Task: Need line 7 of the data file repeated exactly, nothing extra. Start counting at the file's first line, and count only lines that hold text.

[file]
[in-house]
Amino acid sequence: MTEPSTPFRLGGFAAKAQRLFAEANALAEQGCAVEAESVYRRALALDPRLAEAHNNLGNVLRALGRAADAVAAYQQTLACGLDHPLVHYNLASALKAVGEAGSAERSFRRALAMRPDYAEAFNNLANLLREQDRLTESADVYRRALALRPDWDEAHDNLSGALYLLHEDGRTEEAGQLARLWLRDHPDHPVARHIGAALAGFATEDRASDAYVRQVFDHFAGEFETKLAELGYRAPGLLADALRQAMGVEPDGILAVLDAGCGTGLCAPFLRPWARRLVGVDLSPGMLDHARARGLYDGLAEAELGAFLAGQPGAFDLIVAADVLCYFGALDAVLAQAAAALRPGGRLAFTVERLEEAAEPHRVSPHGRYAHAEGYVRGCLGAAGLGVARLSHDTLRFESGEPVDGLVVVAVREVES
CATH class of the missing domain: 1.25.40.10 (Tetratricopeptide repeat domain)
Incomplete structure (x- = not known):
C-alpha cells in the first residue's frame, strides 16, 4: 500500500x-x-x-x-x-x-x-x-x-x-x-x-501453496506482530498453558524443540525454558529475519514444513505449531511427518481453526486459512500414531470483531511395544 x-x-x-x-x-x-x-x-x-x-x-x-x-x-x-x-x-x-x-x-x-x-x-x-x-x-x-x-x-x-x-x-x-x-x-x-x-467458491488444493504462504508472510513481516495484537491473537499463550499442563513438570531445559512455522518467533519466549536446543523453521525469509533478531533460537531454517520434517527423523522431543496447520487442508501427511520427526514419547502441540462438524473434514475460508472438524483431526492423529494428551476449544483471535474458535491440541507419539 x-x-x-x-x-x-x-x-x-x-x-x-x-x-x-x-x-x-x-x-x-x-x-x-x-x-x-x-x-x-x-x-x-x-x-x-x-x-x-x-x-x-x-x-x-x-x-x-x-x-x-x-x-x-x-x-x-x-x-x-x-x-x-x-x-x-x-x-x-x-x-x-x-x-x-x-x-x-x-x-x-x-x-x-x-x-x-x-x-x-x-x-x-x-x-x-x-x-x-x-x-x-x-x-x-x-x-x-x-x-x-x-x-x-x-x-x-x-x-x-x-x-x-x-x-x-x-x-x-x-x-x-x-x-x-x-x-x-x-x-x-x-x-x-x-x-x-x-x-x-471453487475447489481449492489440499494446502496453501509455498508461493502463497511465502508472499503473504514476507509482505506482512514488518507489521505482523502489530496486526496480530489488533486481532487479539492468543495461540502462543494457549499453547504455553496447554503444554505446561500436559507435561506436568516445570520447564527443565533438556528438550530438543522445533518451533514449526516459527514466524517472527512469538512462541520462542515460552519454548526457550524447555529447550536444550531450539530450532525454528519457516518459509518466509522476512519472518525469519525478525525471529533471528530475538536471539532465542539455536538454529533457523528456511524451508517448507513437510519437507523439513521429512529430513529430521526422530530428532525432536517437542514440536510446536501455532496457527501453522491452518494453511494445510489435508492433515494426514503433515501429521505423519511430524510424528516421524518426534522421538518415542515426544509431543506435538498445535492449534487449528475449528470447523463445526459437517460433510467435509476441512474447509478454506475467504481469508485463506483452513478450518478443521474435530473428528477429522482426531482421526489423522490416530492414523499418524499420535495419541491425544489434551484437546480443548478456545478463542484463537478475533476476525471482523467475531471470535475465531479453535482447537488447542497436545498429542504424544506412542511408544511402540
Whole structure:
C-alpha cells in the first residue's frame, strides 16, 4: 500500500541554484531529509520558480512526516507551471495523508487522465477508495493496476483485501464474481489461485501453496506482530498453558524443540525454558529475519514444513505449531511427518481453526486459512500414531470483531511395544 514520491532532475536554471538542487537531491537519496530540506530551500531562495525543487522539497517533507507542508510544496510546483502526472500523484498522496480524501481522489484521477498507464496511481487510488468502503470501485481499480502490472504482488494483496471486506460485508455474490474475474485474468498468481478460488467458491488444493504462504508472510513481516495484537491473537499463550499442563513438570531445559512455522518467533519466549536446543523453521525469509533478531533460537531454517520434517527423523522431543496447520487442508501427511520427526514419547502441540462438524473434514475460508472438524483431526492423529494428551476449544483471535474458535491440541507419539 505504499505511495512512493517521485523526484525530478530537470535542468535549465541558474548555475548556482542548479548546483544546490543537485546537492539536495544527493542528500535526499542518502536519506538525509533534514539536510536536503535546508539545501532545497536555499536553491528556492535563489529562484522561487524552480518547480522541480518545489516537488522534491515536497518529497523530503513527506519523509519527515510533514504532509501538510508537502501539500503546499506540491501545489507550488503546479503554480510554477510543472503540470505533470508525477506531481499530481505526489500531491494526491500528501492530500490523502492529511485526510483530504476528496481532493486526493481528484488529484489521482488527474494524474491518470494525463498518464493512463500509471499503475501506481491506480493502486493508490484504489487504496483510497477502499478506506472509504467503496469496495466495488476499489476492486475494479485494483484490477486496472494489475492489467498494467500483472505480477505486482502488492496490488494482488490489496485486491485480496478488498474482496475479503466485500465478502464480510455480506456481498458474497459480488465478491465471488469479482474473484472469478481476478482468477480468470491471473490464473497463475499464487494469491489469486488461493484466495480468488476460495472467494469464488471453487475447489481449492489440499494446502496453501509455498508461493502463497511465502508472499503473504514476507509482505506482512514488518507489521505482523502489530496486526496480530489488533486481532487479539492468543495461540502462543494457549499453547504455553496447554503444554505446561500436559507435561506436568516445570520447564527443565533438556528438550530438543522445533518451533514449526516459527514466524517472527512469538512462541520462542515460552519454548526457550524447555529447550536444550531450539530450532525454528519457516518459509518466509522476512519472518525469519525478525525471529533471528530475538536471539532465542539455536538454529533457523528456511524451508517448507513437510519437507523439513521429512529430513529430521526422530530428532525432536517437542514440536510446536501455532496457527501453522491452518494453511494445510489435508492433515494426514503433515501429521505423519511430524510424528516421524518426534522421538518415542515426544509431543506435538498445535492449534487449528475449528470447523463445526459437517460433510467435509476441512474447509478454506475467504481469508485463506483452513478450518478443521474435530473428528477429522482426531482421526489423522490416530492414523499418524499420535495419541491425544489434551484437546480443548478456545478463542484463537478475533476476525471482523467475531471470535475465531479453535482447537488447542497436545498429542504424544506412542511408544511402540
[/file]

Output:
C-alpha cells in the first residue's frame, strides 16, 4: 500500500541554484531529509520558480512526516507551471495523508487522465477508495493496476483485501464474481489461485501453496506482530498453558524443540525454558529475519514444513505449531511427518481453526486459512500414531470483531511395544 514520491532532475536554471538542487537531491537519496530540506530551500531562495525543487522539497517533507507542508510544496510546483502526472500523484498522496480524501481522489484521477498507464496511481487510488468502503470501485481499480502490472504482488494483496471486506460485508455474490474475474485474468498468481478460488467458491488444493504462504508472510513481516495484537491473537499463550499442563513438570531445559512455522518467533519466549536446543523453521525469509533478531533460537531454517520434517527423523522431543496447520487442508501427511520427526514419547502441540462438524473434514475460508472438524483431526492423529494428551476449544483471535474458535491440541507419539 505504499505511495512512493517521485523526484525530478530537470535542468535549465541558474548555475548556482542548479548546483544546490543537485546537492539536495544527493542528500535526499542518502536519506538525509533534514539536510536536503535546508539545501532545497536555499536553491528556492535563489529562484522561487524552480518547480522541480518545489516537488522534491515536497518529497523530503513527506519523509519527515510533514504532509501538510508537502501539500503546499506540491501545489507550488503546479503554480510554477510543472503540470505533470508525477506531481499530481505526489500531491494526491500528501492530500490523502492529511485526510483530504476528496481532493486526493481528484488529484489521482488527474494524474491518470494525463498518464493512463500509471499503475501506481491506480493502486493508490484504489487504496483510497477502499478506506472509504467503496469496495466495488476499489476492486475494479485494483484490477486496472494489475492489467498494467500483472505480477505486482502488492496490488494482488490489496485486491485480496478488498474482496475479503466485500465478502464480510455480506456481498458474497459480488465478491465471488469479482474473484472469478481476478482468477480468470491471473490464473497463475499464487494469491489469486488461493484466495480468488476460495472467494469464488471453487475447489481449492489440499494446502496453501509455498508461493502463497511465502508472499503473504514476507509482505506482512514488518507489521505482523502489530496486526496480530489488533486481532487479539492468543495461540502462543494457549499453547504455553496447554503444554505446561500436559507435561506436568516445570520447564527443565533438556528438550530438543522445533518451533514449526516459527514466524517472527512469538512462541520462542515460552519454548526457550524447555529447550536444550531450539530450532525454528519457516518459509518466509522476512519472518525469519525478525525471529533471528530475538536471539532465542539455536538454529533457523528456511524451508517448507513437510519437507523439513521429512529430513529430521526422530530428532525432536517437542514440536510446536501455532496457527501453522491452518494453511494445510489435508492433515494426514503433515501429521505423519511430524510424528516421524518426534522421538518415542515426544509431543506435538498445535492449534487449528475449528470447523463445526459437517460433510467435509476441512474447509478454506475467504481469508485463506483452513478450518478443521474435530473428528477429522482426531482421526489423522490416530492414523499418524499420535495419541491425544489434551484437546480443548478456545478463542484463537478475533476476525471482523467475531471470535475465531479453535482447537488447542497436545498429542504424544506412542511408544511402540